University of Illinois Extension
Bruce Spangeberg

These articles are written to apply to the northeastern corner of Illinois. Problems and timing may not apply outside of this area.

Stateline Yard & Garden

Christmas Tree Selection and Care

November 30, 2000

One of the highlights of the holiday season for many people is selecting and then decorating the perfect Christmas tree. Both area cut-your-own tree farms and retail lots offer a wide variety of trees. Selection features may differ, but care once indoors is the same.

Once the tree is home, keep it in a cool, sheltered area until you are ready to put it up indoors. Before placing the tree in the stand, make a fresh cut on the bottom of the trunk and then fill the stand with water ASAP. Do not let the water level drop and the stand dry out. The best thing to put into the stand is plain water.

With all the trees available which kind is best? There are certain features characteristic with a specific species, but the bottom line is personal or family preference decides! Tradition may call for the same kind of tree every year, while another scenario is to try something new.

For example, balsam fir is a traditional favorite, largely due to its fragrance and upright form. Firs have short, flat needles, and make up a popular group of Christmas trees. Excellent color and fragrance has made Fraser fir increasingly popular. Douglas fir, not actually a true fir, also has visual appeal and good needle retention.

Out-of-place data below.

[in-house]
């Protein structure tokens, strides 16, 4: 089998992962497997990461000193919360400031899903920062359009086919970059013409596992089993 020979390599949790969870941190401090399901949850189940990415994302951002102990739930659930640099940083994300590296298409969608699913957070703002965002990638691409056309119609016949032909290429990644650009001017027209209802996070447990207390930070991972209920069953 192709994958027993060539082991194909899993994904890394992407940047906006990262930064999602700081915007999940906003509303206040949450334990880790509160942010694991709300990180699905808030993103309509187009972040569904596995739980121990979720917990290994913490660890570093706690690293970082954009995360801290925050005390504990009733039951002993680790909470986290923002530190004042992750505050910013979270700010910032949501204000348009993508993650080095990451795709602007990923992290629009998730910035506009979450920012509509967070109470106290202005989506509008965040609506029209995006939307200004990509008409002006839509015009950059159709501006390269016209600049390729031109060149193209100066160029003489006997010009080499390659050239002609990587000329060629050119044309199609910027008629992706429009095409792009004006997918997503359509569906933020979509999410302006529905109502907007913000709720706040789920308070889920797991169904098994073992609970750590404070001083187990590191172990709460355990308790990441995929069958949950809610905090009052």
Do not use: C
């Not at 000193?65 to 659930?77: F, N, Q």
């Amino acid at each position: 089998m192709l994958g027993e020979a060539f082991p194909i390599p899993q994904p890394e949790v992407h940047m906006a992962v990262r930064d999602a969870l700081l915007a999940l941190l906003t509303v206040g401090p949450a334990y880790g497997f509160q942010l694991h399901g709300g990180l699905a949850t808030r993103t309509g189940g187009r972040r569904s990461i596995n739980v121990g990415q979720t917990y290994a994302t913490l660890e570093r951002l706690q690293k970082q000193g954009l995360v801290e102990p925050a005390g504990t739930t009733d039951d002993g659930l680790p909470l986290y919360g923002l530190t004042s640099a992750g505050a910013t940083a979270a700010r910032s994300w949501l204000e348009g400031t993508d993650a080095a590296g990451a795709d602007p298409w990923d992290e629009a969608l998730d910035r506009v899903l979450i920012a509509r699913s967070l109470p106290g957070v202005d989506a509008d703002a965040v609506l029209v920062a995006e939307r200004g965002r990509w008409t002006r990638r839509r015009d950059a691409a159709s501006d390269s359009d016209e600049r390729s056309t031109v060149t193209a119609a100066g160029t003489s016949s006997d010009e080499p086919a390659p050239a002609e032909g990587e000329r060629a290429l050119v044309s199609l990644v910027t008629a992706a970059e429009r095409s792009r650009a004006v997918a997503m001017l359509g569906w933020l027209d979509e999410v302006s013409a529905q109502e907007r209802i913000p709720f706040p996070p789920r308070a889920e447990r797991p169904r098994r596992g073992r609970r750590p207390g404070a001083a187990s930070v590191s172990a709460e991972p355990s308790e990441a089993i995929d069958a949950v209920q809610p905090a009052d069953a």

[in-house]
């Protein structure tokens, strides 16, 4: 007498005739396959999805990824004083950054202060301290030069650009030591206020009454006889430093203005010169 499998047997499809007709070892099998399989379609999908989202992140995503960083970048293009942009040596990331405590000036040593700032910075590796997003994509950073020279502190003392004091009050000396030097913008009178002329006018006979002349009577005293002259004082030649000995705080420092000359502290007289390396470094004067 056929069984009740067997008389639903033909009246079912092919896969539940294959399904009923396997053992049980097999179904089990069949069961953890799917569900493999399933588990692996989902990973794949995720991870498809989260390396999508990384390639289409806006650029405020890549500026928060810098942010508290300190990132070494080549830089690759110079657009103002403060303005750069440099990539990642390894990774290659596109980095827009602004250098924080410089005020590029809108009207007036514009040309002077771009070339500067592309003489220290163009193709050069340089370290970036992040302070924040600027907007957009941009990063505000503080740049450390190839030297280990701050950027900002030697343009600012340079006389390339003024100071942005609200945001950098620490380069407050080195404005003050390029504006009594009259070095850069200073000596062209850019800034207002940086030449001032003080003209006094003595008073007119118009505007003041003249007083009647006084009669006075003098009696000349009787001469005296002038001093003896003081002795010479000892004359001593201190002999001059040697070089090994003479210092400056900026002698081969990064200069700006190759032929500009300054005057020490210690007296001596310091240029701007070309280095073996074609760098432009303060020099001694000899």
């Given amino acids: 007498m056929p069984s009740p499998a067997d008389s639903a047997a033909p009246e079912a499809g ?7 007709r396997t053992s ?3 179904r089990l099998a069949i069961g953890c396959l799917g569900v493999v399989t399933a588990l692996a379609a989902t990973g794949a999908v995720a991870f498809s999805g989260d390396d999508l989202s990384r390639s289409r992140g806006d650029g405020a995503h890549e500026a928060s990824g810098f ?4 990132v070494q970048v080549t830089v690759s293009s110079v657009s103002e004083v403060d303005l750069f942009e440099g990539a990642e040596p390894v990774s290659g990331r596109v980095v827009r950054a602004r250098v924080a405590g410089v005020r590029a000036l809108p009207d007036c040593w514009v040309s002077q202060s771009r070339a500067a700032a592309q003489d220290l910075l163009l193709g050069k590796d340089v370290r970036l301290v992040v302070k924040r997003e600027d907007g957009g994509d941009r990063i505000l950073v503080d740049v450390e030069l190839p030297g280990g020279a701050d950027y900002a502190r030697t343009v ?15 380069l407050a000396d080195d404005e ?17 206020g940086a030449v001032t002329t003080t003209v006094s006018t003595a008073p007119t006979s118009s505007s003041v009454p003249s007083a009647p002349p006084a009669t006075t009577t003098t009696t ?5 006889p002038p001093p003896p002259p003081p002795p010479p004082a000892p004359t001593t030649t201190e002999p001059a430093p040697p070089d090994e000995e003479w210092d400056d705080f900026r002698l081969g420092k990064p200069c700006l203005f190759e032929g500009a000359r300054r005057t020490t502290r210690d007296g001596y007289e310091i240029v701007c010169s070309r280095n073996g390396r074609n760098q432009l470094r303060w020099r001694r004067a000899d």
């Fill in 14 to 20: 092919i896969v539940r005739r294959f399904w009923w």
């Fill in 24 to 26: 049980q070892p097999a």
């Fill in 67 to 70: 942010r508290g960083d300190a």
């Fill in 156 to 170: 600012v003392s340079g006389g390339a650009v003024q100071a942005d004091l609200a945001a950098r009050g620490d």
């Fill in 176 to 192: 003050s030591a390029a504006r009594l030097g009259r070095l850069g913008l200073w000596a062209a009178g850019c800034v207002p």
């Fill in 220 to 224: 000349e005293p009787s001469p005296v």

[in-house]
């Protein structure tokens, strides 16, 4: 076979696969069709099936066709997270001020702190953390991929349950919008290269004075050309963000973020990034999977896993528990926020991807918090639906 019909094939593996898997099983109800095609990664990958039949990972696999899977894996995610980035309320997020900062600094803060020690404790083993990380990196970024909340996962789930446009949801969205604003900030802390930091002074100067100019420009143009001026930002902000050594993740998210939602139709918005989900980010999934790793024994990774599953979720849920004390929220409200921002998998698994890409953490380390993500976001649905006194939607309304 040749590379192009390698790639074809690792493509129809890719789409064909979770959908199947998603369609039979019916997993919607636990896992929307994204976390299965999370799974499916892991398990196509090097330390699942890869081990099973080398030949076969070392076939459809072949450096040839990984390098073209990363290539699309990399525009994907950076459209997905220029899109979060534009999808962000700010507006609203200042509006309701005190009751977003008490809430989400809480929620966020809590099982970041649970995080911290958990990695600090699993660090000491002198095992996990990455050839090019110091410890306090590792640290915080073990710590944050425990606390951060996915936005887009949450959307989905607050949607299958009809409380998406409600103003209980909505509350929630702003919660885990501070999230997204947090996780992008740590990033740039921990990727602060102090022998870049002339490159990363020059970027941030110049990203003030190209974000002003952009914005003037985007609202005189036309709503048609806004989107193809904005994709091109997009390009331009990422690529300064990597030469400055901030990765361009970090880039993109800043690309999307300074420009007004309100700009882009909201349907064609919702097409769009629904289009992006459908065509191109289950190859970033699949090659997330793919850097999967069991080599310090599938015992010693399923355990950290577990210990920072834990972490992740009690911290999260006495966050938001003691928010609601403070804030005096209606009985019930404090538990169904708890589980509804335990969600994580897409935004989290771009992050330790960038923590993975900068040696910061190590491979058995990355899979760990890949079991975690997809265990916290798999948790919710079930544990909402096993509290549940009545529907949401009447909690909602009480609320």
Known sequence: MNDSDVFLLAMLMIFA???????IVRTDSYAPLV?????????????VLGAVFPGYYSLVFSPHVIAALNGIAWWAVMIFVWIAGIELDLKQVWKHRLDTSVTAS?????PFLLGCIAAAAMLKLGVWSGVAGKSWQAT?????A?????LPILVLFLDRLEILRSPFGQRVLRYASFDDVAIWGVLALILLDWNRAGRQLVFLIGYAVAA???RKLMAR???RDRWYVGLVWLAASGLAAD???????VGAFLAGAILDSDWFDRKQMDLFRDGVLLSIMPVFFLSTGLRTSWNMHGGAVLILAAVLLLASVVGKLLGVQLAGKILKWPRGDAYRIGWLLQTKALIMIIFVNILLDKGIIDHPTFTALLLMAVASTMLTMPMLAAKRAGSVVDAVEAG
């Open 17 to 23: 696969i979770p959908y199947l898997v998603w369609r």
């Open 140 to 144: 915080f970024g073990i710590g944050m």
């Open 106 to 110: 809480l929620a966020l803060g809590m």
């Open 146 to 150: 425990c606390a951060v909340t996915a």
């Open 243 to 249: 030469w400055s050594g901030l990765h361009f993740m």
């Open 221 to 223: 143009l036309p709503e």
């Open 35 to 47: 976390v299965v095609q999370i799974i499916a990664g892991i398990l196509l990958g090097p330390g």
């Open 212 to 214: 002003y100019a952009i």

Another very popular group is the pines. One major distinction is that pines have longer needles than the other species, and typically appear "full" because of the arrangement of needles and branches.

Scotch or Scots pine is popular and very common in tree lots and on cut-your-own farms. As with most trees, a number of cultivars are available, varying in color, needle length, and overall appearance. Other pines include white, red, and Austrian pine. White pine has good color and soft needles but branches are relatively weak and do not support heavy loads of ornaments. Red and Austrian pines have longer needles, with red usually being a more open tree and Austrian having very stiff needles.

Finally, spruces have short needles and branches that hold loads of decorations well. White spruce and Norway spruce have been traditional favorites, but needle retention is poor for both once the tree is cut and brought inside. Colorado blue spruce, a common landscape tree, has increased in popularity as a Christmas tree. This species has the best needle retention of the spruces, with the needles being rather stiff and branches rather rigid.

For more information on Christmas trees, please visit our Christmas Trees and More website.


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